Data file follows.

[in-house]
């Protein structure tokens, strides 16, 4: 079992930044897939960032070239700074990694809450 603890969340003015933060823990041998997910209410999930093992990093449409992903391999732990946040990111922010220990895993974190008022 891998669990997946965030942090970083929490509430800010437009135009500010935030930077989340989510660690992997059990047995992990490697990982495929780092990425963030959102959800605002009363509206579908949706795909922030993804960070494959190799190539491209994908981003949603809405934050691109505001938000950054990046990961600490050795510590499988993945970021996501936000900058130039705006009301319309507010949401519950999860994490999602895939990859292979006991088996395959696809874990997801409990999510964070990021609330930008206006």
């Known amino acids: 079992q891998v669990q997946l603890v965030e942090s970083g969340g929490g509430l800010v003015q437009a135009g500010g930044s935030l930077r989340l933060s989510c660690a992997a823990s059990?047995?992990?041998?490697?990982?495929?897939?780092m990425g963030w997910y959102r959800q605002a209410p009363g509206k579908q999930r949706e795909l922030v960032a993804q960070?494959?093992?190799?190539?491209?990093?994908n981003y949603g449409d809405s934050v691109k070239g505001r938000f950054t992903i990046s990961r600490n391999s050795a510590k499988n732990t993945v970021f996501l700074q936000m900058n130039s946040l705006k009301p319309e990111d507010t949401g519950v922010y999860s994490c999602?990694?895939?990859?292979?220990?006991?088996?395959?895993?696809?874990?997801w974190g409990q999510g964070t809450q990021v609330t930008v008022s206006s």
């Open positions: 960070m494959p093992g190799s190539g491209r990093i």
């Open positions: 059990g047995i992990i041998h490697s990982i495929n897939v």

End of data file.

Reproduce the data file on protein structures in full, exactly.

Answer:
[in-house]
């Protein structure tokens, strides 16, 4: 079992930044897939960032070239700074990694809450 603890969340003015933060823990041998997910209410999930093992990093449409992903391999732990946040990111922010220990895993974190008022 891998669990997946965030942090970083929490509430800010437009135009500010935030930077989340989510660690992997059990047995992990490697990982495929780092990425963030959102959800605002009363509206579908949706795909922030993804960070494959190799190539491209994908981003949603809405934050691109505001938000950054990046990961600490050795510590499988993945970021996501936000900058130039705006009301319309507010949401519950999860994490999602895939990859292979006991088996395959696809874990997801409990999510964070990021609330930008206006």
């Known amino acids: 079992q891998v669990q997946l603890v965030e942090s970083g969340g929490g509430l800010v003015q437009a135009g500010g930044s935030l930077r989340l933060s989510c660690a992997a823990s059990?047995?992990?041998?490697?990982?495929?897939?780092m990425g963030w997910y959102r959800q605002a209410p009363g509206k579908q999930r949706e795909l922030v960032a993804q960070?494959?093992?190799?190539?491209?990093?994908n981003y949603g449409d809405s934050v691109k070239g505001r938000f950054t992903i990046s990961r600490n391999s050795a510590k499988n732990t993945v970021f996501l700074q936000m900058n130039s946040l705006k009301p319309e990111d507010t949401g519950v922010y999860s994490c999602?990694?895939?990859?292979?220990?006991?088996?395959?895993?696809?874990?997801w974190g409990q999510g964070t809450q990021v609330t930008v008022s206006s």
């Open positions: 960070m494959p093992g190799s190539g491209r990093i």
């Open positions: 059990g047995i992990i041998h490697s990982i495929n897939v």